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The Washburn Observatory is an astronomical observatory located at 1401 Observatory Drive on the University of Wisconsin–Madison campus in Madison, Wisconsin, United States. Completed in 1881, it was a major research facility for about 50 years. Today, it is home to the UW-Madison College of Letters and Science Honors Program, while the telescope remains in use by students in introductory astronomy courses and the general public during open houses and viewings.

Wikipedia (EN)

4. UW Geology Museum

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The UW–Madison Geology Museum (UWGM) is a geology and paleontology museum housed in Weeks Hall, in the southwest part of the University of Wisconsin–Madison campus. The museum's main undertakings are exhibits, outreach to the public, and research. It has the second highest attendance of any museum at the University of Wisconsin–Madison, exceeded only by the Chazen Museum of Art. The museum charges no admission.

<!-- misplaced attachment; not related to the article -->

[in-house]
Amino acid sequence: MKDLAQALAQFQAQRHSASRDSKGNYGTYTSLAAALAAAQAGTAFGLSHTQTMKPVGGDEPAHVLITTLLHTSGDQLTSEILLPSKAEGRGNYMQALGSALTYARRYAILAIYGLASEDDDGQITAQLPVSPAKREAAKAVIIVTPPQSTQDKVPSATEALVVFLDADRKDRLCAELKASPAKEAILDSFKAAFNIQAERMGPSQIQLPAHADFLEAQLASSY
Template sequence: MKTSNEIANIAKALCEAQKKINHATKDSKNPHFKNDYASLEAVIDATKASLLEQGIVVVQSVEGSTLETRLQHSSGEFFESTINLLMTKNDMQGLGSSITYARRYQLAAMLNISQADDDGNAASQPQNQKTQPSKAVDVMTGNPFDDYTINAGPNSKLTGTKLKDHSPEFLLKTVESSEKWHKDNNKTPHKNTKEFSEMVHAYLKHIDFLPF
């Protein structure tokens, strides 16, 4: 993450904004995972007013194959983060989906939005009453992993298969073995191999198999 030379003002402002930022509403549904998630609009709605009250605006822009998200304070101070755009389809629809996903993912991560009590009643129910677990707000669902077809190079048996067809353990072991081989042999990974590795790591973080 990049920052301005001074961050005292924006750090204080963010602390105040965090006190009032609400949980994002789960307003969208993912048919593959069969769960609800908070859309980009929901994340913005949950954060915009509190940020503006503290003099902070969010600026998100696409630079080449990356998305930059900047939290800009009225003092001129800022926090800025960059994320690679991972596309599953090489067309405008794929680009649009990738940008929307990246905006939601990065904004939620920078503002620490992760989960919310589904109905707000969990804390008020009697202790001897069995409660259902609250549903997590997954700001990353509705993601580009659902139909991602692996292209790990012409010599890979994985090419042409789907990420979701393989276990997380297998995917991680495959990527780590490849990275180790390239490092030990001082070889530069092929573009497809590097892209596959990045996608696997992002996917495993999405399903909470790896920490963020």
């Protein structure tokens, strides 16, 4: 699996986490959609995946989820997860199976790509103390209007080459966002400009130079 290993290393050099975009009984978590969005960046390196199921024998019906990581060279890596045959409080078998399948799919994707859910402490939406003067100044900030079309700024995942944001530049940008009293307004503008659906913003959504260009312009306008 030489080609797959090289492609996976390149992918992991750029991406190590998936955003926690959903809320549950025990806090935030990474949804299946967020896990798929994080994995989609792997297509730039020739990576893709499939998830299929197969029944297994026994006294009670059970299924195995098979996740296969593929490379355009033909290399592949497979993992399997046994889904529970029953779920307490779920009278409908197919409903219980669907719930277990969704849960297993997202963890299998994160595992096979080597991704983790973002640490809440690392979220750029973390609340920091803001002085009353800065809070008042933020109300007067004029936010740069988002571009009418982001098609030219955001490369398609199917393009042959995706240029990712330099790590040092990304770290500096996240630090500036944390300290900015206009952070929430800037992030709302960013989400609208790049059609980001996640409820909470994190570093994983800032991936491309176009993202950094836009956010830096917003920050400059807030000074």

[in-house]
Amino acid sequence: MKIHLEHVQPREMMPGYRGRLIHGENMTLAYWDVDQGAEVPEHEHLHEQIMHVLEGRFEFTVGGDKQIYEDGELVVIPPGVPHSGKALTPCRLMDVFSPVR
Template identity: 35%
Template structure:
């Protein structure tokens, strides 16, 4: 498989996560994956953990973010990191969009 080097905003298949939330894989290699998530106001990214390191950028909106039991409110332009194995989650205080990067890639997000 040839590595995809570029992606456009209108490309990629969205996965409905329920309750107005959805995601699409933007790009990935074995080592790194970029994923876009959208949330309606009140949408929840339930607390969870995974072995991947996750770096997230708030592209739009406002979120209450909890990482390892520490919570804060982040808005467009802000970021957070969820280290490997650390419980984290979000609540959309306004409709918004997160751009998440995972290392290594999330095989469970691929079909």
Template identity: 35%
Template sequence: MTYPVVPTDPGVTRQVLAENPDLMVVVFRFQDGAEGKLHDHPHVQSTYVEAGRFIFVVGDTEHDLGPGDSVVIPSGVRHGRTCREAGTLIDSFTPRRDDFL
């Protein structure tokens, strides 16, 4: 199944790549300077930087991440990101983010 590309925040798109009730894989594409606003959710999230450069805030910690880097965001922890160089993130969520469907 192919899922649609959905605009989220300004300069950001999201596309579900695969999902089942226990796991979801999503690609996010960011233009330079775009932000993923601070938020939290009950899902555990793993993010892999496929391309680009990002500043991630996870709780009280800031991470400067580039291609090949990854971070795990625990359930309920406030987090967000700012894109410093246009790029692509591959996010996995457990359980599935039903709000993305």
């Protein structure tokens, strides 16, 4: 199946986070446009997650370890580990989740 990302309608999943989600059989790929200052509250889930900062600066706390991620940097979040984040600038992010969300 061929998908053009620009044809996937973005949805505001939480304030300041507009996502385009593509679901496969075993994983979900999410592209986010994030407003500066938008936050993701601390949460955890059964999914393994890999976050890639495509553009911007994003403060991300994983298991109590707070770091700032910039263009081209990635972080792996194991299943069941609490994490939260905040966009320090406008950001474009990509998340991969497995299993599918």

Wikipedia (EN), Website

5. Hans Christian Heg

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Hans Christian Heg Daderot / Public domain

Hans Christian Heg is a statue by Paul Fjelde that was cast in 1925 and installed at the Wisconsin State Capitol building in Madison, Wisconsin, United States in 1926. The bronze statue depicting the Union soldier and abolitionist Hans Christian Heg was torn down by rioters, decapitated and thrown into a lake in June 2020. The Wisconsin state government restored and reinstalled the original statue in September 2021.

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6. Camp Randall Memorial Park

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Camp Randall was a United States Army base in Madison, Wisconsin, the largest staging point for Wisconsin troops entering the American Civil War. At this camp fresh volunteers received quick training before heading off to join the Union Army. Also located on the grounds were a hospital and briefly a prisoner-of-war camp for captured Confederate soldiers.

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7. Gates of Heaven Synagogue